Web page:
Going Deeper… How Each Aspect of Relationships Impact Your Well-Being
There are many aspects to romantic relationships that impact not just your level of satisfaction in the relationship, but also the overall happiness of both partners. They include passion vs. compassion, sexual satisfaction, conflict/hostility, attachment style, and the relationship stage.
Passion vs. Compassion in a Relationship and How It Impacts Well-Being
Both are valuable! Both passionate and companionate love are positively related to relationship satisfaction (Hendrick, 1988).
Passionate love more strongly predicts positive and negative affect, while companionate love more strongly predicts life satisfaction (Kim & Hatfield, 2004). In other words, passion improves the experiences you have in the moment with your partner, but when couples have compassion for each other, it creates a blanket overall satisfaction they have with their life.
Sexual Satisfaction and Well-Being
Sexual satisfaction is significantly related to relationship stability and quality (Sprecher and Cate, 2004). Being able to communicate with a partner about sexual needs and to receive what one desires are both important aspects of relationship satisfaction. Ask yourself how you can achieve this with your partner.
Harmful Relationships and Well-Being
Of course, harmful relationships are bad for our happiness. But it goes further than that.
Studies have found poor marital quality in particular is linked to poor immune and endocrine functioning, depression, anxiety, and problem behaviors (Kiecolt-Glaser & Newton, 2001; Sampson, Laub, & Wimer, 2006; Umberson & Williams, 1999).
High conflict and hostile relationships in general have been linked to poor mental health, creating higher levels of depression, anxiety, aggression, and substance abuse (Hawkins & Booth, 2005; Horwitz, McLaughlin, & White, 1998; Umberson, Williams, Powers, Liu, & Needham, 2006; Whisman, 2007).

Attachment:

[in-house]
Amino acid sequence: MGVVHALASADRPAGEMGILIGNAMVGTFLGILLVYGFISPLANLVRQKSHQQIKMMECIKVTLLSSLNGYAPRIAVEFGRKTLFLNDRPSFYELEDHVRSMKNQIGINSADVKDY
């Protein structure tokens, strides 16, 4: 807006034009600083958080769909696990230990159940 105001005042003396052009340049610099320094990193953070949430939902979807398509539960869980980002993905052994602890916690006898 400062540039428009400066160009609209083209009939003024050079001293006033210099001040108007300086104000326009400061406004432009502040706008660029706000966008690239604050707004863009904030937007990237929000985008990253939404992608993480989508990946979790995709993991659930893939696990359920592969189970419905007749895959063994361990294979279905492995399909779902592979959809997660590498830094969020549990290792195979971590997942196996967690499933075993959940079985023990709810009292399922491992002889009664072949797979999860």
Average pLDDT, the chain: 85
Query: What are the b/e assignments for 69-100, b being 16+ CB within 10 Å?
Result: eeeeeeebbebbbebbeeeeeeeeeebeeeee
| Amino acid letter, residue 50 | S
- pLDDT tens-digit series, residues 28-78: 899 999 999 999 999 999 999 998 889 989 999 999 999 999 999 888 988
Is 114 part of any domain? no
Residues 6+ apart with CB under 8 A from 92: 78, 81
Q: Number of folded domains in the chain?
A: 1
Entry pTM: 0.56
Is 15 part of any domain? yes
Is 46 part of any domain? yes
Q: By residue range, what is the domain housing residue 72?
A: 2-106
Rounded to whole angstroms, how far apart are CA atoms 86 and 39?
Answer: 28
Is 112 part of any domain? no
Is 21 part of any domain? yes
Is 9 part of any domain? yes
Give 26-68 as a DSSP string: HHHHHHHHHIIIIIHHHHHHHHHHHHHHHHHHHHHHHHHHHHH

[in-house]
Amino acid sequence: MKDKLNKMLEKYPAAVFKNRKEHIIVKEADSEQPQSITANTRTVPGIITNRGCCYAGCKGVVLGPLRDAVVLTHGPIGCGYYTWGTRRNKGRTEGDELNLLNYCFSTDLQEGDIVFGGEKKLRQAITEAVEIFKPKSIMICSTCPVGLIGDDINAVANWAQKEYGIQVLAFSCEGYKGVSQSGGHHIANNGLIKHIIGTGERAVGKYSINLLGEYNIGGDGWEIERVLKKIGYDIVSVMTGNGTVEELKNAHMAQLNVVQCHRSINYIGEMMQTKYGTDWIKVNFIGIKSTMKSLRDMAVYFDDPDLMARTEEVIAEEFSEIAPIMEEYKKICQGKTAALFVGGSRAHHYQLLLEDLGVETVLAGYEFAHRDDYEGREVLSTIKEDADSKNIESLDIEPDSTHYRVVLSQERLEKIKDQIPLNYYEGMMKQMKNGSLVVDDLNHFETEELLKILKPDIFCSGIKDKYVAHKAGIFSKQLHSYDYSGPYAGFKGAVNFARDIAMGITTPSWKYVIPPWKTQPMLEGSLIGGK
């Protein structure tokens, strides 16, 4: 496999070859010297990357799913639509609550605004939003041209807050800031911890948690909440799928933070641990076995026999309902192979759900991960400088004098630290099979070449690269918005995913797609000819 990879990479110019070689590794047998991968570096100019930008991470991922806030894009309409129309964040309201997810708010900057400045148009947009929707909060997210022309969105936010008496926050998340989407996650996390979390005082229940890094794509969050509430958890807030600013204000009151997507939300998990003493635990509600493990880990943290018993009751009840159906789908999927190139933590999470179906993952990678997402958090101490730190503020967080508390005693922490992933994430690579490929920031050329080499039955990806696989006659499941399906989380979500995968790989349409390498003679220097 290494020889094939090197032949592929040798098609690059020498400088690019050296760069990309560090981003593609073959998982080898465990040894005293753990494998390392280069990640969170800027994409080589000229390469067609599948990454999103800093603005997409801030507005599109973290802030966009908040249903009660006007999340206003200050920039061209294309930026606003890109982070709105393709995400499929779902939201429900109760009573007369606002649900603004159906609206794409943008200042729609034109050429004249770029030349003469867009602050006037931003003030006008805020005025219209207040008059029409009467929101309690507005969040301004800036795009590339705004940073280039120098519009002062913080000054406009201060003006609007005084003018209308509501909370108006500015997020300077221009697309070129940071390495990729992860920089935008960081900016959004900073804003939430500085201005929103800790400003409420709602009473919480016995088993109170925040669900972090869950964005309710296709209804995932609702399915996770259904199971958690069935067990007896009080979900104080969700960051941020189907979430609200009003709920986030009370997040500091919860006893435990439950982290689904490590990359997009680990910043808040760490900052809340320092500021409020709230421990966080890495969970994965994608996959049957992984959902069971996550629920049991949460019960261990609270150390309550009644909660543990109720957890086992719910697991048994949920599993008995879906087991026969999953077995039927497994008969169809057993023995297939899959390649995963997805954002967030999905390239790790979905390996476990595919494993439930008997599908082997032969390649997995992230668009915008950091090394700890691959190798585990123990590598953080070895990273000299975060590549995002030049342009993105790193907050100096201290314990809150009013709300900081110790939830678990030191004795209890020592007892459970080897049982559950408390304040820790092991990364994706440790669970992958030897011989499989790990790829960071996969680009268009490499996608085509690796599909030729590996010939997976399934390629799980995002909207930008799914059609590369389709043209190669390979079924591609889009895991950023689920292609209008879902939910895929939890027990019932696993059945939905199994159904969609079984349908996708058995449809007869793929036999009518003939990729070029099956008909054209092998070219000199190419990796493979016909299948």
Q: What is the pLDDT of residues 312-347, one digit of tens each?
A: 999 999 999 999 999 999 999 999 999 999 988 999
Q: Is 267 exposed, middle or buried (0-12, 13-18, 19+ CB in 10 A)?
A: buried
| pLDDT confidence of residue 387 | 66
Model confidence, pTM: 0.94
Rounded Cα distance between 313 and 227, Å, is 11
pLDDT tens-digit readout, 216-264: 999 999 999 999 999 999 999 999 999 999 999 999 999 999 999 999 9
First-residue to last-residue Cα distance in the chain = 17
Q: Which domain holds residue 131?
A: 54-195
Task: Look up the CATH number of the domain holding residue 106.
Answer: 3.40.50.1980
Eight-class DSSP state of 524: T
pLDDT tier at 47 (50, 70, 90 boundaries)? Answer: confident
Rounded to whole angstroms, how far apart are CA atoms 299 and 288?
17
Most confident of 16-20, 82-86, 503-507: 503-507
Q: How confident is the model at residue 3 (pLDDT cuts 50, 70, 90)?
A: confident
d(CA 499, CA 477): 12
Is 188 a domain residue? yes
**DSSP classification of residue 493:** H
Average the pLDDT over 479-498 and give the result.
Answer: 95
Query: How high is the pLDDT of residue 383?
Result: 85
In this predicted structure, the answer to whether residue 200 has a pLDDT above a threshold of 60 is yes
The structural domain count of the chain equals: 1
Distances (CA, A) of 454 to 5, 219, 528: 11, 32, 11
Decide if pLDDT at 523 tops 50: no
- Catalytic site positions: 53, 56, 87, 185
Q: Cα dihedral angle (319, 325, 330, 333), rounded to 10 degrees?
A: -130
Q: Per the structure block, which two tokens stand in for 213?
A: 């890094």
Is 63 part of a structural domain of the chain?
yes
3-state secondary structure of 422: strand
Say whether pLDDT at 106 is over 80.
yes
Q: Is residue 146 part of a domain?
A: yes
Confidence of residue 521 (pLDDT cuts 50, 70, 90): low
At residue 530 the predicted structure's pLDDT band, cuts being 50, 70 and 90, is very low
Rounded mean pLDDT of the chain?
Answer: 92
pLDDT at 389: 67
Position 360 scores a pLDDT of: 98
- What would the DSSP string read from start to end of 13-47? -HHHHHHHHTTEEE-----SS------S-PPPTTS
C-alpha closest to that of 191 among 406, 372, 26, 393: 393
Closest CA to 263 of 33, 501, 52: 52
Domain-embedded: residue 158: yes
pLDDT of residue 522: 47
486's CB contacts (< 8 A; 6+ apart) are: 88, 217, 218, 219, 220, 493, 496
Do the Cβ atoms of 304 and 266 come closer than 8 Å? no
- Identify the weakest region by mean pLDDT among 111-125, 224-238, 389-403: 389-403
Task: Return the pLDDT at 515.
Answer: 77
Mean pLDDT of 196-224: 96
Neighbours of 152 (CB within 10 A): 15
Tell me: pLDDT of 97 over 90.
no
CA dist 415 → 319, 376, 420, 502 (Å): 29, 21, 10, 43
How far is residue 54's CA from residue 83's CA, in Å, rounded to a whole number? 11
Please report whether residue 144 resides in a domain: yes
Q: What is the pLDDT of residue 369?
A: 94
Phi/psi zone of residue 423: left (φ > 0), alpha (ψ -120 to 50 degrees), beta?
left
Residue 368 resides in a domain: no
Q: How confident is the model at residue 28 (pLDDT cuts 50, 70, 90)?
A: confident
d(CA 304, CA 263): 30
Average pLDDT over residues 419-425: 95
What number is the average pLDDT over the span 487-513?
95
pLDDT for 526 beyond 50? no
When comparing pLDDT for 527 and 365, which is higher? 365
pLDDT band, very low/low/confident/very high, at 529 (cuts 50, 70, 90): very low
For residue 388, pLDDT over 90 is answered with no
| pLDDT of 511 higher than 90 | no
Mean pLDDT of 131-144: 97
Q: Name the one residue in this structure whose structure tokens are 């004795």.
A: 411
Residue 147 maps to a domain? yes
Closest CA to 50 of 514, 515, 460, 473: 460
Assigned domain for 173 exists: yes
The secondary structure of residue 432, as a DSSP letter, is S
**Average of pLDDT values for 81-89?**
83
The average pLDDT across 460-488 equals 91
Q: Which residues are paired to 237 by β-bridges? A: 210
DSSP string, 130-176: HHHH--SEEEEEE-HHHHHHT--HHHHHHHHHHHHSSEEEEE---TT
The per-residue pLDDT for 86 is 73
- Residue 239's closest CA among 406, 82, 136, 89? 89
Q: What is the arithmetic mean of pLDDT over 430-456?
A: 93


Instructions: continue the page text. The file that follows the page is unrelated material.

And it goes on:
It's important to note that conflict is okay, natural even, but healthy conflict management is an important antidote.
Attachment Style and Well-Being
What’s important here is that you feel secure in your relationship. A secure attachment style is strongly linked to high quality romantic relationships (Banse, 2004; Simpson, 1990). Secure attachment has also been linked to higher levels of subjective well-being or overall happiness.
While insecure attachment styles (i.e., avoidant and anxious) are negatively related to well-being (La Guardia, Ryan, Couchman, & Deci, 2000; Li & Fung, 2014; Schiffrin, 2014; Van Buren & Cooley, 2002).
Romantic Relationship Stages and Well-Being
With each increase in relationship commitment level, there is an increase in subjective well-being. In other words, the deeper and more committed you get, the happier you are. To punctuate that point, those who are married are happier than those who are cohabitating, casually dating, monogamously dating, or rarely date. Married adults report greater levels of happiness compared to those who are single, divorced, separated, or cohabitating (Dush, Taylor, & Kroeger, 2008; Glenn & Weaver, 1979; Gove et al., 1990; Mastekaasa, 1994; Myers, 2000; Proulx, Helms, & Buehler, 2007; Stack & Eshleman 1998).
Why might this be? The hypothesis is that there's a growing level of commitment and stability that accounts for the differences in well-being (Brown, 2000; Dush & Amato, 2005). That stability helps our sense of security and allows us to flourish in other areas of our life.
Wrapping it all up, recent studies have found that finding and maintaining a relationship that makes you happy requires (a) that you maintain both passion and compassion for each other, (b) that you feel sexually satisfied, and comfortable discussing it, (c) that you resolve conflict in a healthy way, (d) that you both feel secure in the relationship, and finally (e) that you're moving toward deeper levels of commitment.
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